Even at the time, at the ridiculously young age of 3 and a half, I had enough sense of irony to realize what a joke it was that my Mother suspected Lani of being a pedophile. I think now it was based on 1) racism, 2) the fact that he was much older than she expected him to be (she later said she thought he'd be six or seven), and 3) she was a rapist, so it was easy for her to think anybody could be.
I've often noticed that the people I most have to worry about stealing from me are the ones who most often voice such suspicions of others. They suspect others because they do it themselves. If a priest berates his congregation about tithing every week, I bet he cheats on his taxes. My Mother taught me the pattern early.
Seeing me talking with Lani set her at ease, though. I assured her he was good, but I think what really settled her was how comfortable I was with him.
I explained how suspicious my Mother was to Lani, and pointed out the irony. I told him she thought he was evil like herself. He asked if I was really sure she didn't understand Hawaiian, and I proved it by looking at her and insulting her with a smile on my face. She just smiled back.
My Mother began asking him questions through me. I already knew the answers to a lot of her questions but she insisted on answers from him, so he had to say he was from Ni'ihau and a maintenance worker, etc., so I could translate and say the same things I already knew to my Mother.
Then she asked him things I didn't know the answers to. She asked him how old he was. The answer was a word I didn't recognize. Lani then showed that he knew some English words after all. He said in English that he was nineteen.
She asked him how well I was speaking Hawaiian. He said I was speaking just right for my age, and was ready to start school. She was surprised and said, "Start school? How old do you think he is?" He said he thought I was five or maybe six. She laughed and told me to tell him how old I really was, and I held up three fingers plus one bent finger to show the half.
So all along Lani and Lono had thought I was about two years older than I was, probably because I was bigger than a typical Hawaiian child my age, and they'd grown up among Hawaiians on Ni'ihau.
Lani said that, if I was that young, then my speech was very good for my age. He said my main difficulty was with number.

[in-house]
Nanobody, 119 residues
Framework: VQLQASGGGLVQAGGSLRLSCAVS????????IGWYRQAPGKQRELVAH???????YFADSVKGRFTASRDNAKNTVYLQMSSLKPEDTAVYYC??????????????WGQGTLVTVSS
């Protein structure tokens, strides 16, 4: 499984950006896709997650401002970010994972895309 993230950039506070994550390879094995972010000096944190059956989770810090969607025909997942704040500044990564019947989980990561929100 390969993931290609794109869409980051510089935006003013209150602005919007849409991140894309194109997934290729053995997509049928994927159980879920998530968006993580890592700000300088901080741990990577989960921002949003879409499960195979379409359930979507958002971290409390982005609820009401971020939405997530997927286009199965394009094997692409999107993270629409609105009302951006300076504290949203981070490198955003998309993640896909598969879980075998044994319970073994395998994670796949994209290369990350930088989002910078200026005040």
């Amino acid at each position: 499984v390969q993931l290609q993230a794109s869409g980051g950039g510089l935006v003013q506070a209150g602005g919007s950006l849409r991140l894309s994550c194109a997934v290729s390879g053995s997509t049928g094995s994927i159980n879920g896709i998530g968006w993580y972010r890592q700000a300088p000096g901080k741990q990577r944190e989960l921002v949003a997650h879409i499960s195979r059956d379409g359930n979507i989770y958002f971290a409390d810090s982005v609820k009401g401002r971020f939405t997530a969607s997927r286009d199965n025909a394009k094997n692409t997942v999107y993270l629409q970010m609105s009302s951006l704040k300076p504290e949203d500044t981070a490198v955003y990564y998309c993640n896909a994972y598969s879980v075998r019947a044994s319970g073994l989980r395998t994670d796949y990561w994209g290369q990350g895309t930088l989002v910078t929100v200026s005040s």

That one stray comment had a major impact on my life. I now realize that he meant grammatical number. Grammatical number is much more complicated in Hawaiian than in English. As well as singulars and plurals, there are duals, and additional sorts of "we" and "us" depending on how many of us there are and whether you are included in us, and different kinds of theys than in English, and I hadn't got it all down yet.
But I thought at the time he meant counting numbers. So later on I became obsessed with learning all about counting numbers, thinking I would make Lani proud. This ultimately led to a doctorate in mathematics.
Had I understood better what Lani was saying, it might have been a doctorate in linguistics.
I showed Lani the ball my Father had given me. He said it reminded him of something he had for me. He reached into a deep pocket and pulled out something. It was a sliding whistle. On top of it was mounted the carving he had been working on for months. It had turned into a bird which was painted red. The basic whistle itself, he said, was store-bought. It was white to begin with, and he had added decorations in red and black along the sides. He attached a feather to it. He apologized for not being able to get an 'i'iwi feather. It had to be a dyed feather. He also apologized for the shape of the bird's beak, he couldn't do a long 'i'iwi's beak with the wood he had.
He said that he made the whistle thinking I was older than I was. It was made as a hō'ano'ano gift.
'Ano means kind. 'Ano'ano means seed or to grow in accordance with one's kind. Hō'ano'ano means to help cause something or someone to grow the way they are meant to grow. Lani said that it was a tradition for a kahuna expert in such things to give a hō'ano'ano gift to each child when he or she reaches the appropriate age. Since human beings are creatures of ideas and imagination, the seeds of humans are ideas also. The gift is designed by the expert based on his knowledge of the individual child, to point to and stir the germinating idea that is already trying to grow in the child.
Lani said he was giving me the whistle even though I was younger than he thought, because he wouldn't be able to give it later. He told me I was supposed to meditate upon it once a day. It wasn't the physical object that was important, but the idea of it.
That, he explained, was why he worked so slowly and carefully on the carving. It was why he only carved it in my presence. Seeing him carve it was part of the gift.
He explained a little of the symbolism. The red bird is my 'aumakua because I was drawn to it by its song. Therefore there must be a song inside me, as part of my seed. Some of the decorations on the whistle represent the drum music I loved, and some pointed to questions about life I asked. There was a design that stood for flight, and for imagination, and the feather also did that.
But the main idea was that the bird needed the whistle to sing. The bird was very red and very Hawaiian, but he needed the white non-Hawaiian whistle to be heard. Lani said I wouldn't be able to sing my song to the world in Hawaiian.
[Below: Just an artistic suggestion of it, not really accurate.]